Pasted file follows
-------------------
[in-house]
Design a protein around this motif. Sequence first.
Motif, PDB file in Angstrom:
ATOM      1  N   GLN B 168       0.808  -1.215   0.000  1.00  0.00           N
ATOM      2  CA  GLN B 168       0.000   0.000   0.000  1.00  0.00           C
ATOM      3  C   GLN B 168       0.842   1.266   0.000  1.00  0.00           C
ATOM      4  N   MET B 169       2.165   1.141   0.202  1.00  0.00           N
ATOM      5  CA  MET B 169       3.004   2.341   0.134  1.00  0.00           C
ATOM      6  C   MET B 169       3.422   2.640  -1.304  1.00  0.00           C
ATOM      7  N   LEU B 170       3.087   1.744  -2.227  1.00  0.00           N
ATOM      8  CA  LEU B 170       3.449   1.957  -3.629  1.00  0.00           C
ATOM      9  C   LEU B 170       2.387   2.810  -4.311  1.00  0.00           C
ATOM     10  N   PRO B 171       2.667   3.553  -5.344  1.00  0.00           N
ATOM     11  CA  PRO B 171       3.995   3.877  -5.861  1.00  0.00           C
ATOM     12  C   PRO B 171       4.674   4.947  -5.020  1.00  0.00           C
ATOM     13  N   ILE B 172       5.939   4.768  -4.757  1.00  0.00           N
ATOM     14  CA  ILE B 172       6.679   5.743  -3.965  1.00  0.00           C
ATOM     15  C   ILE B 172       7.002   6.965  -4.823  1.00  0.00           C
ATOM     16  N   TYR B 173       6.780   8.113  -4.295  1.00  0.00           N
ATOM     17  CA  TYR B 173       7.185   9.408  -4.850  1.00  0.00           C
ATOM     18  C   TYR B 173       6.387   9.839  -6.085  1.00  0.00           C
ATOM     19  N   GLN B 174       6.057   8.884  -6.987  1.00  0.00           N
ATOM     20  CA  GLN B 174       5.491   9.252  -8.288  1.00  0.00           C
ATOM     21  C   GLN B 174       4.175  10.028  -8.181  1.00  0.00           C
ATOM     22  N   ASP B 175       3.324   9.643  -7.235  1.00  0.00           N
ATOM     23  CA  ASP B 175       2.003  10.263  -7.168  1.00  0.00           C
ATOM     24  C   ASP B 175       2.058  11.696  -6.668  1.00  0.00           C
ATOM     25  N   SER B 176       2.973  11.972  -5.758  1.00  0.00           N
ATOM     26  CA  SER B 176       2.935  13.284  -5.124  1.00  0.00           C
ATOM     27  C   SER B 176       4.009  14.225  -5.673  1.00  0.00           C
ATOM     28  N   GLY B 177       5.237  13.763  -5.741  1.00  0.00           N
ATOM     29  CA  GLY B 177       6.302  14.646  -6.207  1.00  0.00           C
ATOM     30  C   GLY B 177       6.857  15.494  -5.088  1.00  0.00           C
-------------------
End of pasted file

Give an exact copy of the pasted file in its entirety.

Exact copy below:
[in-house]
Design a protein around this motif. Sequence first.
Motif, PDB file in Angstrom:
ATOM      1  N   GLN B 168       0.808  -1.215   0.000  1.00  0.00           N
ATOM      2  CA  GLN B 168       0.000   0.000   0.000  1.00  0.00           C
ATOM      3  C   GLN B 168       0.842   1.266   0.000  1.00  0.00           C
ATOM      4  N   MET B 169       2.165   1.141   0.202  1.00  0.00           N
ATOM      5  CA  MET B 169       3.004   2.341   0.134  1.00  0.00           C
ATOM      6  C   MET B 169       3.422   2.640  -1.304  1.00  0.00           C
ATOM      7  N   LEU B 170       3.087   1.744  -2.227  1.00  0.00           N
ATOM      8  CA  LEU B 170       3.449   1.957  -3.629  1.00  0.00           C
ATOM      9  C   LEU B 170       2.387   2.810  -4.311  1.00  0.00           C
ATOM     10  N   PRO B 171       2.667   3.553  -5.344  1.00  0.00           N
ATOM     11  CA  PRO B 171       3.995   3.877  -5.861  1.00  0.00           C
ATOM     12  C   PRO B 171       4.674   4.947  -5.020  1.00  0.00           C
ATOM     13  N   ILE B 172       5.939   4.768  -4.757  1.00  0.00           N
ATOM     14  CA  ILE B 172       6.679   5.743  -3.965  1.00  0.00           C
ATOM     15  C   ILE B 172       7.002   6.965  -4.823  1.00  0.00           C
ATOM     16  N   TYR B 173       6.780   8.113  -4.295  1.00  0.00           N
ATOM     17  CA  TYR B 173       7.185   9.408  -4.850  1.00  0.00           C
ATOM     18  C   TYR B 173       6.387   9.839  -6.085  1.00  0.00           C
ATOM     19  N   GLN B 174       6.057   8.884  -6.987  1.00  0.00           N
ATOM     20  CA  GLN B 174       5.491   9.252  -8.288  1.00  0.00           C
ATOM     21  C   GLN B 174       4.175  10.028  -8.181  1.00  0.00           C
ATOM     22  N   ASP B 175       3.324   9.643  -7.235  1.00  0.00           N
ATOM     23  CA  ASP B 175       2.003  10.263  -7.168  1.00  0.00           C
ATOM     24  C   ASP B 175       2.058  11.696  -6.668  1.00  0.00           C
ATOM     25  N   SER B 176       2.973  11.972  -5.758  1.00  0.00           N
ATOM     26  CA  SER B 176       2.935  13.284  -5.124  1.00  0.00           C
ATOM     27  C   SER B 176       4.009  14.225  -5.673  1.00  0.00           C
ATOM     28  N   GLY B 177       5.237  13.763  -5.741  1.00  0.00           N
ATOM     29  CA  GLY B 177       6.302  14.646  -6.207  1.00  0.00           C
ATOM     30  C   GLY B 177       6.857  15.494  -5.088  1.00  0.00           C